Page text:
Monday, October 5, 2015

Getting Started

The school year is well underway, which means many young playwrights have begun, or will soon begin, writing a play that will be submitted to the New Jersey Young Playwrights Festival. One of the biggest challenges in this work is getting started, or more specifically, deciding what to write about.

I originally began writing this post on August 26 while observing a playwriting workshop taught by playwright and master teaching artist, Dominique Cieri, for a group of teachers from the Madison Public Schools. Dominique has been a teaching artist with Playwrights Theatre for many years and it was in a workshop that she taught there that I've pulled a number of ideas and techniques that I use in my own writing and teaching. In fact, you will find other exercises from Dominique in previous posts on this blog (particularly this one)!

There was one activity from the teacher workshop that I felt could be helpful to those of you beginning to write that centers around what Dominique refers to as "the Passover Question": What makes today different from any other day in the character's life? The idea here is that we write a play because of an important event that happens in a character's life. As a result, the action of the play begins with the average, everyday life of the character, which is then interrupted by an emergency that needs to be address, or an opportunity that must be taken. To get to this idea, it is helpful to look at similar "life-changing" and challenging moments from your own life. So that this doesn't become a biographical play, I suggest imagining that you are watching this event happen to another person and write about it in the present tense. Record everything that you sense (see, hear, etc.) in that moment.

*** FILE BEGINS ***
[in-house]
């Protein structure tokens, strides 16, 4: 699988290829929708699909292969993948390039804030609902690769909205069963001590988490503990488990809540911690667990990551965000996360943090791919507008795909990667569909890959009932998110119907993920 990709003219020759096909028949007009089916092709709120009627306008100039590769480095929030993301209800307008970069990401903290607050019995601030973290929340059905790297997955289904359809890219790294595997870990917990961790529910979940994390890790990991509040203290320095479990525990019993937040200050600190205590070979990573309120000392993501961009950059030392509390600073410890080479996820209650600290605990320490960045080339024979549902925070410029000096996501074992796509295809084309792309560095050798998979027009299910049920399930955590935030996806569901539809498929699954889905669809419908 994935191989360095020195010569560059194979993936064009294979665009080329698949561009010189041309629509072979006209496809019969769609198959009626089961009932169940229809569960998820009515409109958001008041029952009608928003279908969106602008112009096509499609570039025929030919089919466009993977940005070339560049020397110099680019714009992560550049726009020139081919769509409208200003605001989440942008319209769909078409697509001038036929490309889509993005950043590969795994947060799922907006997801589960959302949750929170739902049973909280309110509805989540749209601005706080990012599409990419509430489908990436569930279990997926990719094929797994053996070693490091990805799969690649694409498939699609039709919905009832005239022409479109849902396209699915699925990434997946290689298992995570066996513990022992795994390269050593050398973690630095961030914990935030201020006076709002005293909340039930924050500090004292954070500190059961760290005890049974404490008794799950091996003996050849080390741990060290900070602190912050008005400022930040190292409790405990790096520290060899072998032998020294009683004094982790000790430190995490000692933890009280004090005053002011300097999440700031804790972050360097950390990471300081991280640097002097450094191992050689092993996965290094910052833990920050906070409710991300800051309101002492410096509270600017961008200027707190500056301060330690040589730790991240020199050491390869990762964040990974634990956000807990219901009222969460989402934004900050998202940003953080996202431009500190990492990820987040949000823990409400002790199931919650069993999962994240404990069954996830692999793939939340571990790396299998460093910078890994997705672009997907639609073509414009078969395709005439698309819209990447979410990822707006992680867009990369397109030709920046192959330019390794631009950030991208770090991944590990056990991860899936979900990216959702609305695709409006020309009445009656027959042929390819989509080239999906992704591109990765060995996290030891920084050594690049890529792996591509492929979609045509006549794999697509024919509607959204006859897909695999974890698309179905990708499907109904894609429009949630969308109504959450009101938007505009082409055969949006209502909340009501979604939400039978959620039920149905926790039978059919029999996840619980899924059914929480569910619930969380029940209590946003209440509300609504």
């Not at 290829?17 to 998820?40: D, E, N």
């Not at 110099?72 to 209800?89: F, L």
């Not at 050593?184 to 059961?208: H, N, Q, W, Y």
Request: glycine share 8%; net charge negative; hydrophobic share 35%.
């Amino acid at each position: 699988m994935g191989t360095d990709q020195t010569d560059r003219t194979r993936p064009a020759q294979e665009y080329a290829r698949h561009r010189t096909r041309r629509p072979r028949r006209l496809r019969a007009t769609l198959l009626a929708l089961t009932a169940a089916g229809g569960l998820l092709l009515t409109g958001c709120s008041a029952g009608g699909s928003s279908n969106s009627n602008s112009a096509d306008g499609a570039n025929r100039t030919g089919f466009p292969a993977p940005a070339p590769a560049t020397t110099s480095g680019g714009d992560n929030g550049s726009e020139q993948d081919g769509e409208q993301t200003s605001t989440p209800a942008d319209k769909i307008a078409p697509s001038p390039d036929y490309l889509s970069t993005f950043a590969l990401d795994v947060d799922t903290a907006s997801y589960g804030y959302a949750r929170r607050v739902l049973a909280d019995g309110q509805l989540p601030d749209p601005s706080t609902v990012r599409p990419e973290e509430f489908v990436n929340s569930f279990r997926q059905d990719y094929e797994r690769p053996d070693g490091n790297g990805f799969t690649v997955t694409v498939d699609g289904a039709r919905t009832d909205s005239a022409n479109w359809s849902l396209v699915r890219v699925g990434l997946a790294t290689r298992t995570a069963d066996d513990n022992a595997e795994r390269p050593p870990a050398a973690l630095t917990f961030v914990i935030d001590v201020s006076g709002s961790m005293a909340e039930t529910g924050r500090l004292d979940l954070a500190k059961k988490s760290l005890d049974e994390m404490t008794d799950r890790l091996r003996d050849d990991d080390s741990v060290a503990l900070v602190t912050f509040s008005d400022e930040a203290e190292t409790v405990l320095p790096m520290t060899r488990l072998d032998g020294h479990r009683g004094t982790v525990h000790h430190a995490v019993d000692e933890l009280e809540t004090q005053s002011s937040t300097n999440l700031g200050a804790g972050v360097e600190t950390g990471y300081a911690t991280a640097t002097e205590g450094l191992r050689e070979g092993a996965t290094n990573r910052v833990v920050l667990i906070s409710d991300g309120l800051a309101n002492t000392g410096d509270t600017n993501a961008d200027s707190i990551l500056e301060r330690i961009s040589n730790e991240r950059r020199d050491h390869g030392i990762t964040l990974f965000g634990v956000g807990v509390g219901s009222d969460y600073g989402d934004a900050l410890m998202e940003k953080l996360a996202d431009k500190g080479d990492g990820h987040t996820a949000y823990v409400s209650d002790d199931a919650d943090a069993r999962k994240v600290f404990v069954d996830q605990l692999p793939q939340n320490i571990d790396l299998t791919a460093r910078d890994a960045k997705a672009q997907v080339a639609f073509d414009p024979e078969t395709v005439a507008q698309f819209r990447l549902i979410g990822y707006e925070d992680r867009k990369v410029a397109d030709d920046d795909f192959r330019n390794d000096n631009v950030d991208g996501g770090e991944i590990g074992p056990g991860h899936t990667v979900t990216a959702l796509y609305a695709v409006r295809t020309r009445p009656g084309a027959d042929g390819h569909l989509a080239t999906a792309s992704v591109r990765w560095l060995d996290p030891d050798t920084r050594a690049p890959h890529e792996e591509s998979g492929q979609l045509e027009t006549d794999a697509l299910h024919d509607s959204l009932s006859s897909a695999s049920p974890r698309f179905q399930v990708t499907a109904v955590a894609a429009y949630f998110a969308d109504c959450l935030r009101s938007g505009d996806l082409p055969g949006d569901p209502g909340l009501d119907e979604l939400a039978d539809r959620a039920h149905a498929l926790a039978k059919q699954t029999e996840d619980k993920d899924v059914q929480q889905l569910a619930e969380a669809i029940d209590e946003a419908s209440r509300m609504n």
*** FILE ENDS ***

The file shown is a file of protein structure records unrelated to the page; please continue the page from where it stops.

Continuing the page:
Some of Dominique's other suggestions included the following:

  1. Write about a fantasy, or dream, that you have.
  2. Write five facts about yourself that you know to be true.
  3. Write five facts about the universe (these don't necessarily need to be true).
Something from this list is likely to prompt an idea for a story. We also collect a variety of writing prompts on our Pinterest page, which may be of use to you. The main thing is to find an idea that interests you and to start writing. Don't get frustrated if you can't seem to hit on something right away. The important thing is to keep thinking and to keep writing. And don't throw any ideas away - you never know when something you decided not to write about may be helpful to get you through a place where you're stuck later on in the process.

Good luck and happy writing!